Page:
President Nicos Anastasiades suggested the U.N. was out of line in questioning a government decision to temporarily shut four of nine crossing points along a U.N.-controlled buffer zone. Anastasiades called a U.N. statement expressing concern over the “disruption” caused by the closures an “unfortunate intervention."
“I consider interventions concerning the policies of a sovereign country, the Republic of Cyprus, which is recognized by the United Nations and is a European Union member, to be unfortunate," Anastasiades said.
The government said it closed the crossing points last week in order to better check for potential coronavirus carriers crossing from the breakaway, Turkish Cypriot north to the internationally recognized Greek Cypriot south.
Cyprus was split in 1974 when Turkey invaded following a coup by supporters of union with Greece. Only Turkey recognizes a Turkish Cypriot declaration of independence. Officials said additional medical staff have been assigned to the open crossing points to more thoroughly screen for people exhibiting symptoms.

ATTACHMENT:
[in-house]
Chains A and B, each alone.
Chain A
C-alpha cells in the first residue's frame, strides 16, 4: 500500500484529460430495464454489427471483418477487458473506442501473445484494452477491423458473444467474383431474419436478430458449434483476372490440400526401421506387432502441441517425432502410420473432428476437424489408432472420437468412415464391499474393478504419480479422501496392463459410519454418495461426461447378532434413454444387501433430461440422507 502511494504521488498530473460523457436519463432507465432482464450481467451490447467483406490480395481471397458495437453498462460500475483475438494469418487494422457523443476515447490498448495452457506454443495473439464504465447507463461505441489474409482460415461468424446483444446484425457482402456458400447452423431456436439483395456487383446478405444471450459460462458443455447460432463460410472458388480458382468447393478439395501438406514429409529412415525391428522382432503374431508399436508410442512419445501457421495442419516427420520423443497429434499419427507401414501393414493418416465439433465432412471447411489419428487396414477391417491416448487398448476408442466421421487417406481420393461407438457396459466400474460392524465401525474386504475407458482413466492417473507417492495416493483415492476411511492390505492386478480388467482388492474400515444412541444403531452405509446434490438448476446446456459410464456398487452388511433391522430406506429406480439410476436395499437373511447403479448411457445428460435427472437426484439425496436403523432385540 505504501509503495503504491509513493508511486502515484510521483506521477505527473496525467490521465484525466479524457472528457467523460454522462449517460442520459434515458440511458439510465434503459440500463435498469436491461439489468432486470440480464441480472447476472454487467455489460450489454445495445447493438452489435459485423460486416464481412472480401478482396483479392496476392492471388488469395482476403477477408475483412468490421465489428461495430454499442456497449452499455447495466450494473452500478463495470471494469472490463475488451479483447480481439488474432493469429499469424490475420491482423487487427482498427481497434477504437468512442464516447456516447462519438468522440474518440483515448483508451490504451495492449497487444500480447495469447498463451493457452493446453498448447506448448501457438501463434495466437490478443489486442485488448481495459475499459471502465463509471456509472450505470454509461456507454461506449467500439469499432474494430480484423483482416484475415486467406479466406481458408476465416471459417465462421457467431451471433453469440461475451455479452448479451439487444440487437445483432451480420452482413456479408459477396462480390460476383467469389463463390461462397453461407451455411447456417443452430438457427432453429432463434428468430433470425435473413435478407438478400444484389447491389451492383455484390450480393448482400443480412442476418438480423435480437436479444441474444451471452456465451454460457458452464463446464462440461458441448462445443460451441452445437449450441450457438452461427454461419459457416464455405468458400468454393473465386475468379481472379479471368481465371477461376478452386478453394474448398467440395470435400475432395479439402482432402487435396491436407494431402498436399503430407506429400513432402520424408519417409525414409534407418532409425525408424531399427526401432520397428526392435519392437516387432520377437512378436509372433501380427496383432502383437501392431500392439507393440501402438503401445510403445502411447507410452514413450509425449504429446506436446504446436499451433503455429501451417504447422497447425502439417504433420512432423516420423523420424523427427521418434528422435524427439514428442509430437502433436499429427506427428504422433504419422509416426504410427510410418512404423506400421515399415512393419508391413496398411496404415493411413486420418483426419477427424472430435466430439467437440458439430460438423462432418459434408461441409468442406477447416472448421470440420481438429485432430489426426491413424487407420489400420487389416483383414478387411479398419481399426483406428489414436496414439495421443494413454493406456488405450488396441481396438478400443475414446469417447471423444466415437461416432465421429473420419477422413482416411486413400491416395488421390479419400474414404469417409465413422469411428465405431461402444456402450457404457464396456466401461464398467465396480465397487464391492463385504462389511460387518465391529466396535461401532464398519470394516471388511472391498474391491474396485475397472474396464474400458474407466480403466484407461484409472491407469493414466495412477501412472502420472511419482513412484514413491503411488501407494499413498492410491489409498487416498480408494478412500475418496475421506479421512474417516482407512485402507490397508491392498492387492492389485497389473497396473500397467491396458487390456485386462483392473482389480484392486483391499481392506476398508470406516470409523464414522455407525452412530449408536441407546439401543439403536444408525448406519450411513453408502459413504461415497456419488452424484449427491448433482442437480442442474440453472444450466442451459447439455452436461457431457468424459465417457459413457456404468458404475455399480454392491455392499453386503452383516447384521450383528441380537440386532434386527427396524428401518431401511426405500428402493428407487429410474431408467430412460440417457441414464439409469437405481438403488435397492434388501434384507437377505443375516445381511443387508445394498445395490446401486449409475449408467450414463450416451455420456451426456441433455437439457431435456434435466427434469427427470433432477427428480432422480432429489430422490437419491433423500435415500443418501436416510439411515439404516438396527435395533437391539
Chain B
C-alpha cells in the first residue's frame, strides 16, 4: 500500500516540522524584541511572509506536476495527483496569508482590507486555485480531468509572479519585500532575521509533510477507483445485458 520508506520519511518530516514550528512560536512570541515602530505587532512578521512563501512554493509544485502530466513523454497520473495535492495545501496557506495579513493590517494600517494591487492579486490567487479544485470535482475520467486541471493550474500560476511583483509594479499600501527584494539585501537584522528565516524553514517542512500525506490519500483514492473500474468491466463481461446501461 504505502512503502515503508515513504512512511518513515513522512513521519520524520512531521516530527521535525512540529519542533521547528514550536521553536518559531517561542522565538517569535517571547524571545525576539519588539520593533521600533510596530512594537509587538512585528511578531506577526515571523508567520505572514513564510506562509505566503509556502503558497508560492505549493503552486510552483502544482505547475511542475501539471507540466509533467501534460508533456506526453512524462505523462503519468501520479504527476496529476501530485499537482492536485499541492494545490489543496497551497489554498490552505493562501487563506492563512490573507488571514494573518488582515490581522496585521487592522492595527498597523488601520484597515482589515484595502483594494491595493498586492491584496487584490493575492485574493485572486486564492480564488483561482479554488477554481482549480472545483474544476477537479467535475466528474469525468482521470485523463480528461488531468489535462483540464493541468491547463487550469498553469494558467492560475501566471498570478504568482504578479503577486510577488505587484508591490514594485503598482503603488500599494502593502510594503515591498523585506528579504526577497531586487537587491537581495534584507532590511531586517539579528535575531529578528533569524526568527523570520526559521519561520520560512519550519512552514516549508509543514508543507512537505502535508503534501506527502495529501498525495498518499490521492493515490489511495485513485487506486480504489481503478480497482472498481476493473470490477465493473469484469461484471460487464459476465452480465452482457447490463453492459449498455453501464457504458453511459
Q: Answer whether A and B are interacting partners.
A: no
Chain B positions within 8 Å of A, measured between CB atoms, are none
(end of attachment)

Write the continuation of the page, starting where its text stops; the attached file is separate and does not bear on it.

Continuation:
Activists, including the communist-rooted AKEL party, decried the decision as ineffective and suggested it was politically motivated. Turkish Cypriot leader Mustafa Akinci said he sent a letter of complaint to U.N. Chief Antonio Guterres.
Government officials insisted the closures were done strictly for the sake of public health. In its statement on Thursday, the U.N. mission said it's “imperative" for both sides to “coordinate closely in order to provide a comprehensive response" to any health emergency.
It also said a committee composed of Greek Cypriot and Turkish Cypriot medical experts “should be utilized to the fullest.”
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